21-25 August 2017
University of Washington, Seattle
US/Pacific timezone

Using containers with ATLAS offline software

24 Aug 2017, 16:00
The Commons (Alder Hall)

The Commons

Alder Hall

Poster Track 1: Computing Technology for Physics Research Poster Session


Marcelo Vogel (Bergische Universitaet Wuppertal (DE))


This paper describes the deployment of ATLAS offline software in containers for software development and the use in production jobs on the grid - such as event generation, simulation, reconstruction and physics derivations - and in physics analysis. For this we are using Docker and Singularity which are both lightweight virtualization technologies to encapsulates a piece of software inside a complete file system.

The deployment of offline releases via containers removes the interdependence between the runtime environment needed for job execution and the configuration of a computing site’s worker nodes. Once the two are decoupled from each other, sites can upgrade their nodes whenever and however they see fit. Docker or Singularity will provide a uniform runtime environment for the grid. The ATLAS software is distributed to the containers either via the CernVM File System (CVMFS) or with a full standalone installation.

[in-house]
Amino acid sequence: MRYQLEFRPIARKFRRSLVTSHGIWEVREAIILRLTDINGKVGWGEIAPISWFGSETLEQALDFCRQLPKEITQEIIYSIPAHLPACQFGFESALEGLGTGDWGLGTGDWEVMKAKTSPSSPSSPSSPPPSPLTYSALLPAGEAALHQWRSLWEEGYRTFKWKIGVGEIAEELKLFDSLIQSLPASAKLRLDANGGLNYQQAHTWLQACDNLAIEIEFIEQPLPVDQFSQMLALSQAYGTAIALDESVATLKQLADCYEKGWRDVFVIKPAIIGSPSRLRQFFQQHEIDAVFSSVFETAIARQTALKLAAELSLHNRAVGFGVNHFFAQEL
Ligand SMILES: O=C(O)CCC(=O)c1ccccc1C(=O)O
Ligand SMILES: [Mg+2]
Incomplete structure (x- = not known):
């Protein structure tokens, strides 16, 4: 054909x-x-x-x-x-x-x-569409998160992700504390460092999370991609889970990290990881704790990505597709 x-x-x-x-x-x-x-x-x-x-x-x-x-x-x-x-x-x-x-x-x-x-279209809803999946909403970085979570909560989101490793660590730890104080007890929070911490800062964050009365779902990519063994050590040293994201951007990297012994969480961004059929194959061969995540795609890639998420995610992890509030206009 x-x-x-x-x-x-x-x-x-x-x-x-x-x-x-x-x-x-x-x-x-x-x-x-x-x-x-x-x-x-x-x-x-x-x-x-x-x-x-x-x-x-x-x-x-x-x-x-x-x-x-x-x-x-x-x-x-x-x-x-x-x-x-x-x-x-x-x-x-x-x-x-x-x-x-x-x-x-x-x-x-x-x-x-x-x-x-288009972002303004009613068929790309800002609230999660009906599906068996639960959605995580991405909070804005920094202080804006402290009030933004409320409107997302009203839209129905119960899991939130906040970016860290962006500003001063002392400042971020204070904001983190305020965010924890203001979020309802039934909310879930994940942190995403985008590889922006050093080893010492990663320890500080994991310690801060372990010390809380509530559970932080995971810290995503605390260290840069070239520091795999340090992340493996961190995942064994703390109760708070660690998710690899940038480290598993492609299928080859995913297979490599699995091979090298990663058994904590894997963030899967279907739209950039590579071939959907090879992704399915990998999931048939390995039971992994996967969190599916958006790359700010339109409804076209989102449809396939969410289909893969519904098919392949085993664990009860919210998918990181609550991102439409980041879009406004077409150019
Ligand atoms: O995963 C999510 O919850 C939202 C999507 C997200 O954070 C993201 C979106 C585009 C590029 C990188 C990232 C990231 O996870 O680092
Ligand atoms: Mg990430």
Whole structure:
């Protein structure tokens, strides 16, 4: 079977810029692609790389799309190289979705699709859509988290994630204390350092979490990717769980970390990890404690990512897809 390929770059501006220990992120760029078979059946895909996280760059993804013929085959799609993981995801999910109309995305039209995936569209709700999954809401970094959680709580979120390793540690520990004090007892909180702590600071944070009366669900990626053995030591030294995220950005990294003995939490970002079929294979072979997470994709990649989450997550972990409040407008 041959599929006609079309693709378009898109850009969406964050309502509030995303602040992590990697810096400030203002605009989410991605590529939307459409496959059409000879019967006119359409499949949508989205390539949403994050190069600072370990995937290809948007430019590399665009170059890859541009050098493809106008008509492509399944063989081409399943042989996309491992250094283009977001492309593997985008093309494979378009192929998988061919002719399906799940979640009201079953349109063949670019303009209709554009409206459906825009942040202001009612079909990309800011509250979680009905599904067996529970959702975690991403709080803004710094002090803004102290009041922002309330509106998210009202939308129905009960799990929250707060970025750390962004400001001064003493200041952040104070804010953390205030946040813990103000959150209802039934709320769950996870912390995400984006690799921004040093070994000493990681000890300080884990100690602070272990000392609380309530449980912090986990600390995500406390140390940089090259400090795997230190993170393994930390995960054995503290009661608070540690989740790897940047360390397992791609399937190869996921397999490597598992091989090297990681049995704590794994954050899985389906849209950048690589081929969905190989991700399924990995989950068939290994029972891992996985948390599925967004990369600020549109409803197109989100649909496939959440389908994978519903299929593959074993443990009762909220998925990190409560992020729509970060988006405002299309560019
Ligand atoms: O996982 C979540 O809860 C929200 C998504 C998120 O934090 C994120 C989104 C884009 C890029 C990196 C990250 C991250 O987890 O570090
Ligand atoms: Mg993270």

For software development, splitting the build and runtime environment from the development environment allows users to take advantage of many modern code development tools that may not be available in production runtime setups like SLC6. It also frees developers from a dependence on resources like lxplus at CERN and allows any reasonable laptop to be used for ATLAS code development.

We document here a comprehensive comparison of the performance of the different deployment options in different host operating systems, e.g. Ubuntu, OS X and CC7, using minimal Cern Scientific Linux 6 base installations.

Primary authors

Johannes Elmsheuser (Brookhaven National Laboratory (US)) Marcelo Vogel (Bergische Universitaet Wuppertal (DE)) Lukas Alexander Heinrich (New York University (US)) Graeme Stewart (University of Glasgow (GB))

Presentation materials

Peer reviewing